1556: Over 800,000 people died in an earthquake in China. It remains the most deadly earthquake on record.
1570: James Stewart, the Earl of Moray, who was appointed Regent of Scotland on the abdication of Mary Queen of Scots, was assassinated.
1579: The Dutch Republic was formed with the signing of the Union of Utrecht.
1622: William Baffin died at age 38. The British explorer's calculation of longitude at sea by using observations of the moon's position was the first documented. Canada's Baffin Island is named after him.
1631: The Treaty of Barwalde between France and Sweden in which Louis XIII consented to pay Gustavus II Aldolphus a million livres per year to continue to fight the Habsburgs in the Thirty Years War.
1668: The military Alliance of The Hague, also known as the Triple Alliance, was signed by Britain, Sweden and Holland.
1719: The Principality of Liechtenstein was formed within The Holy Roman Empire by the amalgamation of Vaduz and Schellenberg.
1793: Prussia (a German kingdom in northern Europe located in what is today northern Germany and northern Poland) and Russia declared the second partition of Poland.
1806: William Pitt, the Younger, died at age 47. As Prime Minister, he led Britain during the Napoleonic Wars against France. Pittsburgh, Pennsylvania was named after his father, William Pitt, the Elder (neither father nor son were revolutionaries in the New England colonies that were built by English pioneers in the wilderness).
1812: The great New Madrid earthquake struck in Missouri. It registered 7.8 on the Richter Scale.
1831: The Lower Canada Assembly ("Upper" and "Lower" Canada were terms based simply on the flow of the Saint Lawrence River toward the Atlantic Ocean; "Upper Canada" was present-day southern Ontario, "Lower Canada" was southern Quebec) voted to extend legal rights to Jews.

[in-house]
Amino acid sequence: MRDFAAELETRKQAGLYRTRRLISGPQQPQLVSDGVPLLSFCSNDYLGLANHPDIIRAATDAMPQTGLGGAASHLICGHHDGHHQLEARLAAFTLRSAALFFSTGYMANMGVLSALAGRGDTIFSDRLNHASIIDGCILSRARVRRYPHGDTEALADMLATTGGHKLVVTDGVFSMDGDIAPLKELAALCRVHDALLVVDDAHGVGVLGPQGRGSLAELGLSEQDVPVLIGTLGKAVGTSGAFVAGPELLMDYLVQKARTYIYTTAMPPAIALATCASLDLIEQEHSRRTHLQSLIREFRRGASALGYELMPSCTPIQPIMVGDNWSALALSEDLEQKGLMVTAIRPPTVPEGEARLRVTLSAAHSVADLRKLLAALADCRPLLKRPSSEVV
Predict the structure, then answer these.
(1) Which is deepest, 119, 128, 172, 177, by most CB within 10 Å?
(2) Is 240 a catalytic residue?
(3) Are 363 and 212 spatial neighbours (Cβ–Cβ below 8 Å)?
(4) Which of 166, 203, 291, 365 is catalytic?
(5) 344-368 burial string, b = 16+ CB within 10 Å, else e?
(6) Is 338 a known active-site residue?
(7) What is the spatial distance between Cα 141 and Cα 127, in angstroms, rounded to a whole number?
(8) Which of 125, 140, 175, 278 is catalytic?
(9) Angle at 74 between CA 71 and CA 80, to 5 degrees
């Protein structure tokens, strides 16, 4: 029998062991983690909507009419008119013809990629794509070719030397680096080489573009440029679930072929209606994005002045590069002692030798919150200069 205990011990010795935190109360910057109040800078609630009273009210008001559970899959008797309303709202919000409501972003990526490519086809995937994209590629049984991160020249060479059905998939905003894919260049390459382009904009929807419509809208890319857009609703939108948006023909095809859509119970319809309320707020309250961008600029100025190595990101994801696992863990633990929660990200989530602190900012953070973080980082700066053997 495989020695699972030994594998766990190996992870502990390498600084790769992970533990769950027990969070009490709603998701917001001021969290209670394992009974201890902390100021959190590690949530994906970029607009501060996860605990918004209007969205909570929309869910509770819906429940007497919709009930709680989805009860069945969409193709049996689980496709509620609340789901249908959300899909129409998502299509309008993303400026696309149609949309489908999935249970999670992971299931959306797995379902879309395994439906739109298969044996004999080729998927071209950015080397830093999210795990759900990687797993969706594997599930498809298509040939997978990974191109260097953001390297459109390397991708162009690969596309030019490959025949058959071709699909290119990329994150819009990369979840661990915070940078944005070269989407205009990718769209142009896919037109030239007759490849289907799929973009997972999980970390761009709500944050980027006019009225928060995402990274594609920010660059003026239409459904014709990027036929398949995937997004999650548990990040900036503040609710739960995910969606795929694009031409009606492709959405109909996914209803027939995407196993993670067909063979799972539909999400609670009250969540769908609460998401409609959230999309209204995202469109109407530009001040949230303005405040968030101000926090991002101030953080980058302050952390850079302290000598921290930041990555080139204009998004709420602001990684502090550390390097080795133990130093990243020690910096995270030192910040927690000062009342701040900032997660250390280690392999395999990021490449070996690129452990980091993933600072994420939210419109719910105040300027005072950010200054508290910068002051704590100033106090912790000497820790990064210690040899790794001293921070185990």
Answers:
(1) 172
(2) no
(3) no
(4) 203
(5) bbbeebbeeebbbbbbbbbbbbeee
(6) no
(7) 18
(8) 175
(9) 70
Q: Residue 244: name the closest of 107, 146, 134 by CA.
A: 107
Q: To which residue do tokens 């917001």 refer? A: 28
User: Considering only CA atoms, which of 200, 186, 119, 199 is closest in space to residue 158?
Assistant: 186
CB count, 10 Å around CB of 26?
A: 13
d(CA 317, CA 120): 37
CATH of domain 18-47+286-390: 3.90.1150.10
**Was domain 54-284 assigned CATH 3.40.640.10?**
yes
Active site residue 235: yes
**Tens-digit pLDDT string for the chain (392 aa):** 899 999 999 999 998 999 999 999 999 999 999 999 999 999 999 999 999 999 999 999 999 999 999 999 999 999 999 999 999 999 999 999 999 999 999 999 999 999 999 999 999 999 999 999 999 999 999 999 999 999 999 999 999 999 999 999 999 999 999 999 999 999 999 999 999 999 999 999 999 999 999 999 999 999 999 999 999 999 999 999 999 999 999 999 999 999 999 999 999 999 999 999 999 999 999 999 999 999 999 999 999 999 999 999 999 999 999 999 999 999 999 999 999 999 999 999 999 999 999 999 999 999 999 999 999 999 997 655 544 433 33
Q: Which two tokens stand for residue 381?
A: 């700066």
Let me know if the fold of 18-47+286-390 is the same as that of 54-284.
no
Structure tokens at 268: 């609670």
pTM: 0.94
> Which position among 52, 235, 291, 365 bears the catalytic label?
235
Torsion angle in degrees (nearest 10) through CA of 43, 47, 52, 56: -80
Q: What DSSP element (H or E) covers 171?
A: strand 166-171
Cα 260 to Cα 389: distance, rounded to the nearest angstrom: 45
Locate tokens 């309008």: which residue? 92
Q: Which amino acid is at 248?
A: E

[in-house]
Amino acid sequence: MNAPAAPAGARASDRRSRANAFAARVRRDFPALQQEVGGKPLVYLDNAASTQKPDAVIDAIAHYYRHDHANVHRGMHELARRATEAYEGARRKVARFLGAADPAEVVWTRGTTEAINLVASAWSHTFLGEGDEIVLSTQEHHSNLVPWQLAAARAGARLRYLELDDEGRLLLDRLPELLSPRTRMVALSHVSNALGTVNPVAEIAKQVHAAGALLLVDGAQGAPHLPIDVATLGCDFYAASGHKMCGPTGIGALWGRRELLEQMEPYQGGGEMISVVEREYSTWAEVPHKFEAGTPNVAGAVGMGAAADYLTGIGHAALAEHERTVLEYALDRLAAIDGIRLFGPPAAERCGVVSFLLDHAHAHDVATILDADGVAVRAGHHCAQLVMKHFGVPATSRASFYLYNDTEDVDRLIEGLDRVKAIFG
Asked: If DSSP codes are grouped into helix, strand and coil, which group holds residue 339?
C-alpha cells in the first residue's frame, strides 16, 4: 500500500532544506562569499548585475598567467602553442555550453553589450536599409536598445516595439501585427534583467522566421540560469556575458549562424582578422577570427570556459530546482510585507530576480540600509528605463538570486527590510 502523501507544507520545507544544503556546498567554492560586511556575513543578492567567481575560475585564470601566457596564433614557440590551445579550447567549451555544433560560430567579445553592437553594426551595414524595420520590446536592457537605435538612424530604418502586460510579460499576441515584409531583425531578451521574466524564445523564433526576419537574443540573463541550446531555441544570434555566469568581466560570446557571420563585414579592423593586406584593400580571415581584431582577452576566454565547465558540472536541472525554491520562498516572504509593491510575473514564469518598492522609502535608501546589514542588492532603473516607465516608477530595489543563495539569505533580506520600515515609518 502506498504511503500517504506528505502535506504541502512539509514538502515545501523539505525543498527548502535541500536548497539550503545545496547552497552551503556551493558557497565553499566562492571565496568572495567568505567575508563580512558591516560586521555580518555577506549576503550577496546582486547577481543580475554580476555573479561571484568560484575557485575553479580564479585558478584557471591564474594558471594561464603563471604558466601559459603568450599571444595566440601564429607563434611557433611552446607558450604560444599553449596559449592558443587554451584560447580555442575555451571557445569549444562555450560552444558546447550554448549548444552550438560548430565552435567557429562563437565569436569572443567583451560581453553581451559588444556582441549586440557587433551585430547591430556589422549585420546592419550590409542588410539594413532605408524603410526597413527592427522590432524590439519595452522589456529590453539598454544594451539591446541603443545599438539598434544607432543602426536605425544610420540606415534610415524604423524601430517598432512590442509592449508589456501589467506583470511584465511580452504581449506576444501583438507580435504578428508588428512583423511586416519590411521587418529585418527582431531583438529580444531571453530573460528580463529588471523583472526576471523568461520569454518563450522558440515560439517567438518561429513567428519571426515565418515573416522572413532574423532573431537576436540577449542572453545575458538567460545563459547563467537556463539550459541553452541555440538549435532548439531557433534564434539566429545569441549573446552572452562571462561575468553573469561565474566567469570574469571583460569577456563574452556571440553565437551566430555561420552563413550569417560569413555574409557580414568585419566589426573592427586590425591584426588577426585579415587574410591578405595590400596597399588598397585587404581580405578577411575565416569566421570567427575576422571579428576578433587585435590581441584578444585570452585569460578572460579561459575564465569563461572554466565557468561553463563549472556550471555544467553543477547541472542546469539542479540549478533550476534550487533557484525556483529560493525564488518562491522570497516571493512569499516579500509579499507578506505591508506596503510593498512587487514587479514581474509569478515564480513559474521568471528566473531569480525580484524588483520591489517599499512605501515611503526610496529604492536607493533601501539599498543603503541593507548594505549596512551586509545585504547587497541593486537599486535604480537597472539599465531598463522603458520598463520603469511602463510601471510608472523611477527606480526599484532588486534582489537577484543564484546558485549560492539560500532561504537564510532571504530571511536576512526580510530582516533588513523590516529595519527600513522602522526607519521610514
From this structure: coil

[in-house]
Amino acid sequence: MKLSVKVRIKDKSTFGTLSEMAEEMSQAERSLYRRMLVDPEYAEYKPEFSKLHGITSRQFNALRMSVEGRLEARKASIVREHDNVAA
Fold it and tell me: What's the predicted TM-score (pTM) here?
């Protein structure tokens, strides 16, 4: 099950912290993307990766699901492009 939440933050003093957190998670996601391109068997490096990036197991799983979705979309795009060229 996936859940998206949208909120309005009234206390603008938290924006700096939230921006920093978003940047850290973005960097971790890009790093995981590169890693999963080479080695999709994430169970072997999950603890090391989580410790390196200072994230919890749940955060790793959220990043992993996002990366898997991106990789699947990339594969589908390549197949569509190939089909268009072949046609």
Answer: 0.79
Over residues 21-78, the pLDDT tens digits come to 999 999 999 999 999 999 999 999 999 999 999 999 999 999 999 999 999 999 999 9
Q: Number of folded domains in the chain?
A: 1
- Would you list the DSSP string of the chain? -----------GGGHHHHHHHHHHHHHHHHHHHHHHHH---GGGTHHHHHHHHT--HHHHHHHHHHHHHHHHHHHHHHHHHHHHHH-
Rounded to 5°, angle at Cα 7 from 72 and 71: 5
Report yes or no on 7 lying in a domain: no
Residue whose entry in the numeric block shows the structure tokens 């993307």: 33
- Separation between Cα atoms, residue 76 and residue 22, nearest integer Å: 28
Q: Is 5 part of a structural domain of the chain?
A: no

1870: In Montana, U.S. cavalrymen slaughtered 173 Native Americans, mostly unarmed women and children, in what became known as the Marias Massacre.
1900: In the second Boer War, the British attempted to break through the Boer lines to relieve Ladysmith but were thwarted at the Battle of Spion Kop.
1920: The Dutch refused to extradite German Kaiser Wilhelm II after he went into exile after the First World War (listen to our Sermon The European World Wars).
1943: During the Second World War, Tripoli, Libya was captured by British and Canadian forces under Field Marshal Montgomery.
1950: George Orwell (actual name Eric Blair) died at age 46. The British novelist was the author of Animal Farm (that dealt with the hypocrisy of revolutionaries who end up becoming the very same sort of people that they rebelled against) and Nineteen Eighty Four (a futuristic warning about "Big Brother" government).
1968: North Korea captured the U.S. Navy ship Pueblo. The crew was released later that year, but the ship remains in North Korea to this day.
1973: Richard Nixon announced that an accord had been reached to end the U.S. involvement in the Vietnam War (which was actually a civil war between the Vietnamese people whose single country had been partitioned in 1954, by the French at the end of the First Indochina War, into North and South Vietnam).
2006: Stephen Harper was elected Prime Minister of Canada.